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Find and Fix MySQL Performance Problems with Indexes

So you have a MySQL database and it’s running like a dog. A slow dog, not one of those fast ones. This article is for you. Actually, this article is more of a story about a recent problem a client had with a large Magento database that had become too slow for staff to handle.

The problem presented its self when an application server started timing out. It wouldn’t wait longer than 60 seconds for a response which suggested that something upstream had a problem. We enabled PHP-FPM low-log logging and identified that some queries were running for minutes which is unacceptable. So we checked and the query was not supported by an Index. We added an Index, verified it was being used and checked the slow-log logs. The logs showed great query times with only a few exceeding a second.

Here’s what we did.

First we need to enable the slow-log feature in MySQL. I’ve noticed that different versions of MySQL use slightly different configuration options in the “/etc/my.cnf” file where some need “_” and others need “-” between option words. use the right form for your version:

slow-query-log                 = 1
slow-query-log-file            = /mnt/fast-disks/mysql-slow.log

Put the logs on fast disks so you don’t make the problem worse. I’m putting them on SSD’s in “/mnt/fast-disks/mysql-slow.log”.

MySQL needs a reload for those configuration settings to take effect. Restart or reload MySQL however your distribution of Linux (or dare i say it, Windows) requires. In my case i am working with a Redhat 6 server.

service mysql reload

Now monitor the slow-log file for new content:

tail -f /mnt/fast-disks/mysql-slow.log

Here’s a sample of what you might see:

# Time: 170224  8:49:28
# User@Host: cantsay @  [10.1.2.3]  Id: 947400
# Schema: my_magento  Last_errno: 0  Killed: 0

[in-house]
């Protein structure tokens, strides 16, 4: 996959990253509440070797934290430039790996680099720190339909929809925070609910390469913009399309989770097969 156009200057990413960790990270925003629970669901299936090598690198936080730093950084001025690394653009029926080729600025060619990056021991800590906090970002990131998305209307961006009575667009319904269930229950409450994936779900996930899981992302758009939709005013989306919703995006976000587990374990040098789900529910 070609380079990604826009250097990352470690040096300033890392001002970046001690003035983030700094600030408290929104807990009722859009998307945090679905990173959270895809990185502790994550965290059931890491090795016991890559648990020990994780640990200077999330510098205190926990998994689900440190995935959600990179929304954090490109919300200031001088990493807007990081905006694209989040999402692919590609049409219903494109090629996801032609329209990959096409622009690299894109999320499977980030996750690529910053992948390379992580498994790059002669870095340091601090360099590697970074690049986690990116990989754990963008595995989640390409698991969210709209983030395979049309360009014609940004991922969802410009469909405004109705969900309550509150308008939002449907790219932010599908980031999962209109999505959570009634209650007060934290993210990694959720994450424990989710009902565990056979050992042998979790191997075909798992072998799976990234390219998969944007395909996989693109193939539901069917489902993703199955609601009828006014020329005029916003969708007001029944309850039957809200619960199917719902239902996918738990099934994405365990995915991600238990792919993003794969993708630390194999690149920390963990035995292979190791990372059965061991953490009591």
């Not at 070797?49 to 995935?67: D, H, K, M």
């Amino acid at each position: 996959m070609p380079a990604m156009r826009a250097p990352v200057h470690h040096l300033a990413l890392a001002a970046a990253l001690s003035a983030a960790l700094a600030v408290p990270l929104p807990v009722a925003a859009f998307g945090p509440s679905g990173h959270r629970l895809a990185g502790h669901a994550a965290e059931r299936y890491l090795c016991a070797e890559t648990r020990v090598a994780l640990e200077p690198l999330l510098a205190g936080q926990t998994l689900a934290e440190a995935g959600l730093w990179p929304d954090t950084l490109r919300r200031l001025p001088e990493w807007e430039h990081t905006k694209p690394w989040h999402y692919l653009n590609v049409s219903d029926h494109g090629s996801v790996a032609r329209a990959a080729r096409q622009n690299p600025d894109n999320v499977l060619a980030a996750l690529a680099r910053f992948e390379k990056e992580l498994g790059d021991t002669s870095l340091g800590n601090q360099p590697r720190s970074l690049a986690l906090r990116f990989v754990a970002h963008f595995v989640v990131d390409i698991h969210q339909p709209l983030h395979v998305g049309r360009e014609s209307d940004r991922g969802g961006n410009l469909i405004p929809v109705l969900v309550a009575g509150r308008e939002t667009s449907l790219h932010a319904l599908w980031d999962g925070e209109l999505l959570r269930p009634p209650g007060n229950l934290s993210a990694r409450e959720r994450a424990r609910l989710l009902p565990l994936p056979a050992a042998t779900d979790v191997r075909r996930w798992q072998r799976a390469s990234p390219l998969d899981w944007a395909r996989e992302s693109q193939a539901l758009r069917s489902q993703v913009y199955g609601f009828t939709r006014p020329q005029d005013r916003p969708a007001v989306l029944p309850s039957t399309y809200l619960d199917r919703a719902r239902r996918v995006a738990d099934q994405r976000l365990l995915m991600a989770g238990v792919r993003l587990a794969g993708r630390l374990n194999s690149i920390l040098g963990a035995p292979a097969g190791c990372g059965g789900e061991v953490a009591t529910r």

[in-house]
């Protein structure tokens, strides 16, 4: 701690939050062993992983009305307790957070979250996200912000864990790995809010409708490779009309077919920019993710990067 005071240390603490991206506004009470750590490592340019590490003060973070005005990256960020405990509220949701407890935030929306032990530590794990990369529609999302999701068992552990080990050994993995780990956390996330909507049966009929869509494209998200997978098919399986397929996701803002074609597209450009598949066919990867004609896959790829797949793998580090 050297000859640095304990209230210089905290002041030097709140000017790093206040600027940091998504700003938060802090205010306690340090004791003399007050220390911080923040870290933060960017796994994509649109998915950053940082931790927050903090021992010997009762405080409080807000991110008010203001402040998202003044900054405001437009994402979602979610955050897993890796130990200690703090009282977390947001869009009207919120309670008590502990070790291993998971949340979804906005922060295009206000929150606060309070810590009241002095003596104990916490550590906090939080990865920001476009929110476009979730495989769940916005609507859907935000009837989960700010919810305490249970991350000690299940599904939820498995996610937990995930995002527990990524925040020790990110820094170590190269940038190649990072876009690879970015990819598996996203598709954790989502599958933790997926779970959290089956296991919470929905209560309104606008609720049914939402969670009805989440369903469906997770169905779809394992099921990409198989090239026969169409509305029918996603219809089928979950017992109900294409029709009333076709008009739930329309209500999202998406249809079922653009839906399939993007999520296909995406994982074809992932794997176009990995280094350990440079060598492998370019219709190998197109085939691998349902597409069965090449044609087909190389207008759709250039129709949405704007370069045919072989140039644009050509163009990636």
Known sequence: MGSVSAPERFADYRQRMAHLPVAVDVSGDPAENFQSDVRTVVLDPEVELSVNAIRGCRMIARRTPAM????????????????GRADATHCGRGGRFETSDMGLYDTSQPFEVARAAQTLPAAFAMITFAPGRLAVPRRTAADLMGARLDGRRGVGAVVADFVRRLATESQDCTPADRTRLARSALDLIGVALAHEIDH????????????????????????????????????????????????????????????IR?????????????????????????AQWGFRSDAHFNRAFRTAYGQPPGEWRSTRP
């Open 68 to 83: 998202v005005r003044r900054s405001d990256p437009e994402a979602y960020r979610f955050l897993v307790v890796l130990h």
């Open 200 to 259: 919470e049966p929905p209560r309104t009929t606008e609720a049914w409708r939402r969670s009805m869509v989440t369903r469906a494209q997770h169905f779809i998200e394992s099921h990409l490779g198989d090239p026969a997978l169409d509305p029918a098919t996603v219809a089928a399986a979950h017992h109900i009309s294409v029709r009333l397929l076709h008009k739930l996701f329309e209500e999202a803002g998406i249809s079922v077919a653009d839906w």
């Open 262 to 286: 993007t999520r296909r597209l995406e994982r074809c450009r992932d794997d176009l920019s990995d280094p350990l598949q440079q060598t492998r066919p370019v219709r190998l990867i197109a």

# Query_time: 10.552383  Lock_time: 0.000152  Rows_sent: 1  Rows_examined: 240448  Rows_affected: 0
# Bytes_sent: 26357
SET timestamp=1487886568;
SELECT `main_table`.* FROM `table` AS `main_table` WHERE (`customer_email` = 'me@there.com');

As you can see the above query was running for more than 10 seconds. See the “Query_time” line above. Also note the query “SELECT `main_table`.* FROM `table` AS `main_table` WHERE (`customer_email` = ‘me@there.com’);”. We need to find out if that query is using an Index. If not, it’s likely the reason it’s taking so long to complete. In my case it was the causes.

Here’s how i checked if the above query was using an Index. Just put the word “EXPLAIN” in-front of the query:

mysql> EXPLAIN SELECT `main_table`.* FROM `mytable` AS `main_table` WHERE (`customer_email` = 'me@there.com')\G;
*************************** 1. row ***************************
           id: 1
  select_type: SIMPLE
        table: main_table
         type: ref
possible_keys: NULL
          key: NULL
      key_len: 4
          ref: const
         rows: 18767
        Extra: NULL
1 row in set (0.00 sec)

In the above output we can see two lines that indicate an Index was not used:

possible_keys: NULL
          key: NULL

Now i’ll add the Index. Make sure you have a backup before you start messing with the insides of your database. Having said that, adding an Index is considered safe. My Index in the following command is “index_order_id”. You can call it whatever you want. The important part is that we need the “order_id” column to be indexed.

This deserves a little more explanation. The query we’ve identified as being slow is working on a single column called “order_id”. So we need to Index that column.

ALTER TABLE mytable ADD INDEX index_order_id (order_id);

Now we have our Index. Let’s run the “EXPLAIN” command again and see if we get different results:

mysql> EXPLAIN SELECT `main_table`.* FROM `mytable` AS `main_table` WHERE (`customer_email` = 'me@there.com')\G;
*************************** 1. row ***************************
           id: 1
  select_type: SIMPLE
        table: main_table
         type: ref
possible_keys: index_order_id
          key: index_order_id
      key_len: 4
          ref: const
         rows: 1
        Extra: NULL
1 row in set (0.00 sec)

We can see the Index does exist and was (or would be) used. We’re done here. Watch the slow-log file and see if things have improved.

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